Recently I had the good fortune to cooperate with Tripinsiders.com in designing a new event for our guests, a morning market tour and dumpling cooking class. Tripinsiders made this beautiful two minute video to introduce me and the tour.
I really appreciate the kindness and expertise of Rosa, Ray, Gabriel and everyone at Tripinsiders for helping me so much with this, and giving me an insight into their world.
Tàipíng market: This is the oldest open market in Taipei, built more than 100 years ago. The market offers all kind of fresh fruits, vegetables, meat and seafood. The food stores around the market have been offering the most delicious food for more than half of a century. Originally, it was a wholesale market.
Yǒnglè market: It was originally established around 1910, during the Japanese colonial period, when it was the first indoor market in Taiwan. It was the first time Japanese administrators organized an outdoor Chinese style market, and brought the stallholders into a cleaner and more hygienic indoor market. Upstairs on the 2nd floor is a fabric market.
In the near future we will start offering this tour of historic Di Hua Street, and the Da Dao Cheng Area in Taipei. The tour will cover the morning market, temples, the traditional food stands and small restaurants.
This is a list of some of the morning markets in Taipei. Taiwan's morning markets are ignored by most travel guide books, magazines and websites. In Taiwan, most families shop for fresh food in the morning markets two, three or even four times a week, that's how they get the freshest ingredients. Taiwanese people really care about fresh ingredients, for health and taste reasons, and because small homes don't have storage space – they want vegetables the day they are picked, noodles the day they are made, fish the day they are caught, and so on. Read more about Taipei's day markets here.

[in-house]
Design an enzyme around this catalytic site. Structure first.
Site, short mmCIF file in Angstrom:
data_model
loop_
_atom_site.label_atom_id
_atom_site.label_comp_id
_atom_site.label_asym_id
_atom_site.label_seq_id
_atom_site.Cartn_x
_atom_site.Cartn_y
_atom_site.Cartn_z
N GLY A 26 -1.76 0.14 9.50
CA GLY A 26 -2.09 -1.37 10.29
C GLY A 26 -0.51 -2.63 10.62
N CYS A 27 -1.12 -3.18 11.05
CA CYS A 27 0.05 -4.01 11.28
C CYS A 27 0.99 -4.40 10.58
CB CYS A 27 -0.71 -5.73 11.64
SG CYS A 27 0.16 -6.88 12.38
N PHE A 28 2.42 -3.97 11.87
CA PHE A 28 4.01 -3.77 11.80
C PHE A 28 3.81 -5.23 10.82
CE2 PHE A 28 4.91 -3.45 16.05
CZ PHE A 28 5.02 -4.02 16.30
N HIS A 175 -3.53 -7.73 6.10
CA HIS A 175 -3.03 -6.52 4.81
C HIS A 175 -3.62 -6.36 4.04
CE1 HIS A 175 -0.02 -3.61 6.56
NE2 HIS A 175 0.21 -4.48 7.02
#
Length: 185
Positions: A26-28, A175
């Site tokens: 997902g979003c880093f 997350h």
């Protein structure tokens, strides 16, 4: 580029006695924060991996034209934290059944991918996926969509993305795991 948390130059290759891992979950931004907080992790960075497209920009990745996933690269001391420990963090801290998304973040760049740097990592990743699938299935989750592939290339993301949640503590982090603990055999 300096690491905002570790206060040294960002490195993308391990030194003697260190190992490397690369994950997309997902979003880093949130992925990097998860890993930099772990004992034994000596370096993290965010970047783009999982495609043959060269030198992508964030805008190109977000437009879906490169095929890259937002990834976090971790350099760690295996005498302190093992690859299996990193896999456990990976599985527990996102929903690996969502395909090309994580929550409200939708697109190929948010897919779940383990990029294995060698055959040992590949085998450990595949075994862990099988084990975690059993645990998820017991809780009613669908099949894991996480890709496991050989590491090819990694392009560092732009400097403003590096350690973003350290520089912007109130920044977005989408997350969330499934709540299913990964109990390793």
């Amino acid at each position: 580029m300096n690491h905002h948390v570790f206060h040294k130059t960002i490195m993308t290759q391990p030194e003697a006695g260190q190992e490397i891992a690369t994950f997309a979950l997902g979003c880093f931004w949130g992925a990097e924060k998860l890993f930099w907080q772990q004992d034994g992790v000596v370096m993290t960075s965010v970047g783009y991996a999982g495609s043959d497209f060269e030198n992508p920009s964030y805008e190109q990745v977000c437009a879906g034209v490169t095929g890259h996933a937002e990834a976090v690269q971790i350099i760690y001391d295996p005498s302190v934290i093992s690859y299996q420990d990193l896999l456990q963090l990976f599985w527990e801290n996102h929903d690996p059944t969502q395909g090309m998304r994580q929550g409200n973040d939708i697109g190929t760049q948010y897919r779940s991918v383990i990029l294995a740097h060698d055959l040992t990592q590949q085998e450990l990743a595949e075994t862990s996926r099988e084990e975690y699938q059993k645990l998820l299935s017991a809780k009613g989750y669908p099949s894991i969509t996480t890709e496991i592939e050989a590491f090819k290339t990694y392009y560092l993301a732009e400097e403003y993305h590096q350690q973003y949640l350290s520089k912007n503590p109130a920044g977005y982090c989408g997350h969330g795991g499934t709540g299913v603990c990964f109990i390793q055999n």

The wet markets of Taiwan usually are not on the regular tourist schedule.Most guides or local people would never think of bringing their customers or friends anywhere near them. The floors are wet, vegetables are still dirty with the mud from the fields, slabs of meat are cut open on the stands, all kinds of smells float in the air.
Taiwan's morning markets are ignored by most travel guide books, magazines and websites. But, if you really want to understand local culture, a walk through a morning market can teach you far more than a day at some sterile, packaged tourist attraction far away from real people's lives.
Join the crowds strolling through Taipei's Flower Market on Sundays. It's good for people watching even if you're not buying, and in summer all that vegetation keeps temperatures surprisingly pleasant in the shaded market.